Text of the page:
This essay will engage with the above questions by investigating Silkworms’ treatment of the very issues that divided the symposium group – namely, the negotiation between different media, assumptions of a ubiquitous dramatic text that transcends and therefore must be captured by these mediums, and the representational logic that informs the film’s documentary and pedagogical aspirations. In taking this approach, the intertitles and other verbal representations in the film will be taken as a site where issues of medium specificity, dramatic performance and representational modes converge and elucidate the sources of the reviewers’ discontent. Despite being largely overlooked (the intertitles were never directly mentioned by any of the symposium participants, and only twice, indirectly, for their use of animation [katong]), their elaborate design and unique presentation not only destabilise the textual/ visual dichotomy attributed to the mediums of fiction and film, but work to supply orality to the latter, which, in and of itself, is silent. In sum, the intertitles enact processes of remediation and intermediality between literature and film, in which both mediums become more than themselves and, as a result, unsettled the coherence of the leftist cinematic vision.
The 1933 silent film was produced by the Shanghai-based Star (Mingxing) Film Company, the earliest indigenous Chinese film company established in 1920. It was also the first film company to start collaborating with Shanghai-based leftist intellectuals in 1932, the year of the first Japanese bombing of Shanghai. The symposium on Silkworms took place some time between a pre-release screening, held at National Grand Theatre (Zhongyang daxiyuan) on 1 September, and the official opening night at Starlight Theatre (Xinguang daxiyuan) on 8 October. Aside from Xia Yan and Cheng Bugao, also in attendance were eight other active film writers and practitioners, such as Zheng Boqi (1895–1979), Yang Hansheng (1902–1993), A Ying (1900–1977), and others. The discussion was transcribed and published on 8 October, in a supplement to the Morning Post (Chen Bao) called ‘Daily Film’ (Meiri dianying), which was edited by Yao Sufeng (1906–1974), another participant in the symposium. The publication of the symposium transcript on the same day as the film release was obviously strategic, in terms of both advertising the film and dictating its popular reception. Although the publicity proved effective – Silkworms opened to a full house on 8 October, the film closed after just five days in the theatres, suggesting its failure at the box office.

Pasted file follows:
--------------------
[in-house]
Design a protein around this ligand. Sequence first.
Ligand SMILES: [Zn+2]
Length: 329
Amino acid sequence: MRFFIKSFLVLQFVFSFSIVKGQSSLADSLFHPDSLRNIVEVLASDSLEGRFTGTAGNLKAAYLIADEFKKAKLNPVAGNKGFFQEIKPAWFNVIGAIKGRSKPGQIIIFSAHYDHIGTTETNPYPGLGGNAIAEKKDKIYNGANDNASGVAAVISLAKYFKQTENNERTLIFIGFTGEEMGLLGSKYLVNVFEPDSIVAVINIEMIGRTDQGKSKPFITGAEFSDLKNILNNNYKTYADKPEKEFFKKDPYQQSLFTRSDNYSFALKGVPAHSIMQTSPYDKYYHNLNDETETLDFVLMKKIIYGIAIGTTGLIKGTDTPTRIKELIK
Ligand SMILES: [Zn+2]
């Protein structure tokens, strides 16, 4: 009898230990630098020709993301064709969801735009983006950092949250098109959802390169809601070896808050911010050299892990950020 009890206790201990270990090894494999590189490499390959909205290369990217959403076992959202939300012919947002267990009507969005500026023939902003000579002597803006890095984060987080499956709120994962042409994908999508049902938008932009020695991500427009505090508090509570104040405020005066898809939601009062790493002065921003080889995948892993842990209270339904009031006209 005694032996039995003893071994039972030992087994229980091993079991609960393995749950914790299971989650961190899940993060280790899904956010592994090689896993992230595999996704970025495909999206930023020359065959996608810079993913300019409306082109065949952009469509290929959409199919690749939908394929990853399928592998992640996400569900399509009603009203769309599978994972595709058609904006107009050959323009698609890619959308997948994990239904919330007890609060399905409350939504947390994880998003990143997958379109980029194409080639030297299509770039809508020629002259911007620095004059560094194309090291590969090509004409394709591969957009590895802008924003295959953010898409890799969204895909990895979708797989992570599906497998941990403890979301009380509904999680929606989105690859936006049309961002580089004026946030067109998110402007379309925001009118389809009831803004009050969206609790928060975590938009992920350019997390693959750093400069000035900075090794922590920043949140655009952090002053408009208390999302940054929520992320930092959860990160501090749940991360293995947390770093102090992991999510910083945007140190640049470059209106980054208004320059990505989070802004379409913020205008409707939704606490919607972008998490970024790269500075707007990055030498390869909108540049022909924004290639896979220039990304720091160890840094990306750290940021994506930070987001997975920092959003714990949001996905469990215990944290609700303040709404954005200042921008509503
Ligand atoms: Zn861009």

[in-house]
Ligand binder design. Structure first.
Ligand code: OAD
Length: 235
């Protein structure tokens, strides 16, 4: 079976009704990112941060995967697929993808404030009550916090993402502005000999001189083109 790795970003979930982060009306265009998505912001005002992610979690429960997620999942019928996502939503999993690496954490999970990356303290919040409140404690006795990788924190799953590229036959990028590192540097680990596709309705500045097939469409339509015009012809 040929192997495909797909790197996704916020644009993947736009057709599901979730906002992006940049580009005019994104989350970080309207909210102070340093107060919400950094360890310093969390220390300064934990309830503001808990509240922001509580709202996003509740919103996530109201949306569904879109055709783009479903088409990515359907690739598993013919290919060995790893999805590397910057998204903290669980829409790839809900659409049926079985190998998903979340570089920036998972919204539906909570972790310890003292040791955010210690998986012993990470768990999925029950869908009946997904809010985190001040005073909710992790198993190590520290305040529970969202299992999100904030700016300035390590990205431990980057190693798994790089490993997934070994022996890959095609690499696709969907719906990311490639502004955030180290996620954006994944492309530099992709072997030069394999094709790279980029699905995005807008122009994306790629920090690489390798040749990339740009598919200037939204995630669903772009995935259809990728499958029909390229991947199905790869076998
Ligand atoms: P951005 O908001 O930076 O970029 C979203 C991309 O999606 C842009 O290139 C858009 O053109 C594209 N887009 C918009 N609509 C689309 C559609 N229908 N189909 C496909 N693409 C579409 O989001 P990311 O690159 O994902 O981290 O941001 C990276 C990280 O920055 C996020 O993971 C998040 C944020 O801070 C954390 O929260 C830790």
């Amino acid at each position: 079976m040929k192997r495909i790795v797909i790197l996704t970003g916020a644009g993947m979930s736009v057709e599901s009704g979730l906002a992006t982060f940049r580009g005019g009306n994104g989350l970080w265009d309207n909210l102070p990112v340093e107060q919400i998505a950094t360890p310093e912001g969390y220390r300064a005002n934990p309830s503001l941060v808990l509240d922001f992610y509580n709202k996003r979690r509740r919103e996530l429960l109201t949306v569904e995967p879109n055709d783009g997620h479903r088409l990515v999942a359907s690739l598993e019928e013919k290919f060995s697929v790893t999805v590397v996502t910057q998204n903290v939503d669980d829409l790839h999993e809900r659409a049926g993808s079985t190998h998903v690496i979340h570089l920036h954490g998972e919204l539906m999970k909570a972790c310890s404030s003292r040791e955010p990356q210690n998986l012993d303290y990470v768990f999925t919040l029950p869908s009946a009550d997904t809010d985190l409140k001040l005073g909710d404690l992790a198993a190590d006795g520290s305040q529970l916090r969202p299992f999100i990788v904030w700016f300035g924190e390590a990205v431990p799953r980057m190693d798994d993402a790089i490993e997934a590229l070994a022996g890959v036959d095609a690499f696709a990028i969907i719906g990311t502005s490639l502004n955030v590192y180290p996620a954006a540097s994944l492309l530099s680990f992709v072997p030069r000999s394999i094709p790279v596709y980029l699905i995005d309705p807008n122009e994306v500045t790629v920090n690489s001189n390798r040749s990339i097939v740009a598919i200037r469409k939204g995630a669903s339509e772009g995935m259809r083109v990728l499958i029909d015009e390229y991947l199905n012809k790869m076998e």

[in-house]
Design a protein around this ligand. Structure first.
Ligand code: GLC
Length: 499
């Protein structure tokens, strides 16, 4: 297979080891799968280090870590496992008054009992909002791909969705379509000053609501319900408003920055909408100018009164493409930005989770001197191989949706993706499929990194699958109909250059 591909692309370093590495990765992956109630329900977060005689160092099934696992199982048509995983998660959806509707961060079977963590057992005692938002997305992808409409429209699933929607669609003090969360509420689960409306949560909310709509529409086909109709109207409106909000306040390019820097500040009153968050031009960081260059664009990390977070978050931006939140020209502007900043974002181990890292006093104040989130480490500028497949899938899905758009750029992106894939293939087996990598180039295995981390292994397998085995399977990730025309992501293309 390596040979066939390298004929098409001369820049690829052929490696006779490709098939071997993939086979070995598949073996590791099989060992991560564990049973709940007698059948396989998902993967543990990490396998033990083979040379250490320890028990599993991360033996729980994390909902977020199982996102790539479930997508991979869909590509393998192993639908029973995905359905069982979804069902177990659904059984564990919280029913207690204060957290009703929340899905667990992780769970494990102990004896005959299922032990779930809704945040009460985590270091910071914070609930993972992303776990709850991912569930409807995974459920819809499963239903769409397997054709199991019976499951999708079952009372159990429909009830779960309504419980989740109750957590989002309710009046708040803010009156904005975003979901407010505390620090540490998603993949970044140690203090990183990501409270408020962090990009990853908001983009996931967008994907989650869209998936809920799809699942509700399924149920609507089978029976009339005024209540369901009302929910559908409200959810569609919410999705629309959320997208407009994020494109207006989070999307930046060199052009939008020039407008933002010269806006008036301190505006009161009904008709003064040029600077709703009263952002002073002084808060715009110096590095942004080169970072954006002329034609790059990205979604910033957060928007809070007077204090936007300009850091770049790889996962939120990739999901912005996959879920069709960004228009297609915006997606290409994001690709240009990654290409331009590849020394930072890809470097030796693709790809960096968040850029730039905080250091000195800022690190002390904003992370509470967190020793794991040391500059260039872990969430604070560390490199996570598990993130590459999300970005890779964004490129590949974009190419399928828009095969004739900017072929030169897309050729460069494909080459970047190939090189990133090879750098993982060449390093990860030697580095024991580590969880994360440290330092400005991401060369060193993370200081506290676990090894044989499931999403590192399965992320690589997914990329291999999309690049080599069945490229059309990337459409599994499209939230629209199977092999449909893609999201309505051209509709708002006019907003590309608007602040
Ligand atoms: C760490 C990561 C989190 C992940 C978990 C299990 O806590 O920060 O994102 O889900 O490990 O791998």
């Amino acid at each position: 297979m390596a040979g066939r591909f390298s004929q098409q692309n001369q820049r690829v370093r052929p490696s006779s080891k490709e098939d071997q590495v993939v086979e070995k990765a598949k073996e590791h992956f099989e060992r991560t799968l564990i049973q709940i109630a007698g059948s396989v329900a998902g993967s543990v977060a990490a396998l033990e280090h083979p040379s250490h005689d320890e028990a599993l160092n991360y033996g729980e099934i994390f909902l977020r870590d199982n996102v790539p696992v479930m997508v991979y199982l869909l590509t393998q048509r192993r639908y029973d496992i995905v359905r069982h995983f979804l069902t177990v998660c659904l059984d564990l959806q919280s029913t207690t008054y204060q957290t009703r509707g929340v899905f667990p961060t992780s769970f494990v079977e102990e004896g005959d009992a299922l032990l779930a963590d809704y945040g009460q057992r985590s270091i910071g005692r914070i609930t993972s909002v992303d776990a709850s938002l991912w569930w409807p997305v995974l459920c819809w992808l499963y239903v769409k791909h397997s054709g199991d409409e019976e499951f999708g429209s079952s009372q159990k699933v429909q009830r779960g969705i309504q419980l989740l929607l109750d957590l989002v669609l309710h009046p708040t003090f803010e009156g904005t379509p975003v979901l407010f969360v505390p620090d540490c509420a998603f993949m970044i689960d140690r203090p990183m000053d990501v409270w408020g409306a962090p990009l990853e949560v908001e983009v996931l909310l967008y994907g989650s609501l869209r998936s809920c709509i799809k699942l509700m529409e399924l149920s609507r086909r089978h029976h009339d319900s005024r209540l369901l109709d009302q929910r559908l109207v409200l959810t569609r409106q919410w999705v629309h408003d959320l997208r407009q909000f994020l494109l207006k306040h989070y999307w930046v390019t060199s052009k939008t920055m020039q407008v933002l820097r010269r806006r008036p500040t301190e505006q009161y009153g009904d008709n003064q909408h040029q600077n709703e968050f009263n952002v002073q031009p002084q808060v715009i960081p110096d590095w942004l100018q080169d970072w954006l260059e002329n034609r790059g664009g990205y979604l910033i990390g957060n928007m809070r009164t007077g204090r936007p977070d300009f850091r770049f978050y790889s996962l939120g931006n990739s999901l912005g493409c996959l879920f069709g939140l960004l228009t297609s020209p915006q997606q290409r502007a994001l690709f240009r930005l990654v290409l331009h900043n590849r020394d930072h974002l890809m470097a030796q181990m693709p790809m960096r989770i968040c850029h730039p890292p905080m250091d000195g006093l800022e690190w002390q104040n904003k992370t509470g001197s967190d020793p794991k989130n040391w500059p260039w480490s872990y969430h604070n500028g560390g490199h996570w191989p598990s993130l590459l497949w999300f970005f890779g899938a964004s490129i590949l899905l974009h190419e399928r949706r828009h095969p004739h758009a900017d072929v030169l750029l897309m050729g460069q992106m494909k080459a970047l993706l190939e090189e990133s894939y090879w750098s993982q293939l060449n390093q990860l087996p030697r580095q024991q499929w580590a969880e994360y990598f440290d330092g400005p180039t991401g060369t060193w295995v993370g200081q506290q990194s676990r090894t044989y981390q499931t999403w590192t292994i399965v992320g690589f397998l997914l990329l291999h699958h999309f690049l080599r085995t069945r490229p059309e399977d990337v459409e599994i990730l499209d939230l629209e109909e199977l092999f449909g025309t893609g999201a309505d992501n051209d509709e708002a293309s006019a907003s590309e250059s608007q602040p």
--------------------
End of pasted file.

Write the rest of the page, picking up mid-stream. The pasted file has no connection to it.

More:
During the symposium discussion, the terms ‘literature-film’ (wenxue dianying), ‘educational film’ (jiaoyu dianying), and ‘documentary film’ (jilu dianying) were evoked repeatedly in analysing Silkworms’ merits and demerits. A brief introduction appended to the published transcript applauds the transformative impact of the film, specifically in its repudiation of theatrical (xiju de) exaggeration and its use of realism, consistent with Mao Dun’s original work.3 However, the comments in the transcript are far less congratulatory. In fact, Xia Yan’s preservation of the elaborate procedures of silk farming in the film script, and the film’s faithful reproduction of these procedures on screen became a point of critique for many symposium participants. Yang Hansheng, a politically active leftist filmmaker and author, takes issue with the heavy use of technical language for silkworm farming in the intertitles and the lengthiness of their corresponding shots. In response, Xia Yan, using the pseudonym Cai Shusheng to avoid censorship by the Kuomintang government, defends this approach by referring to Mao Dun’s use of technical language and emphasising the need to employ ‘documentary’ filming methods in order to ‘educate’ the audience and retain the authenticity found in the original text. In this exchange, Xia implies that the social reality of a village industry in crisis necessitated the lengthy documentation of the labour of silkworm farming. By attributing this need to the original short story, Xia does not simply justify the use of technical language but, more importantly, establishes a link between the documentary mode of filmmaking and the discourse of national struggle. A comparison of the original short story and the script reveals that the marriage between national discourse and the pedagogical function of the documentary mode was the scriptwriter’s own implement, officiated by the prelude he created for the film.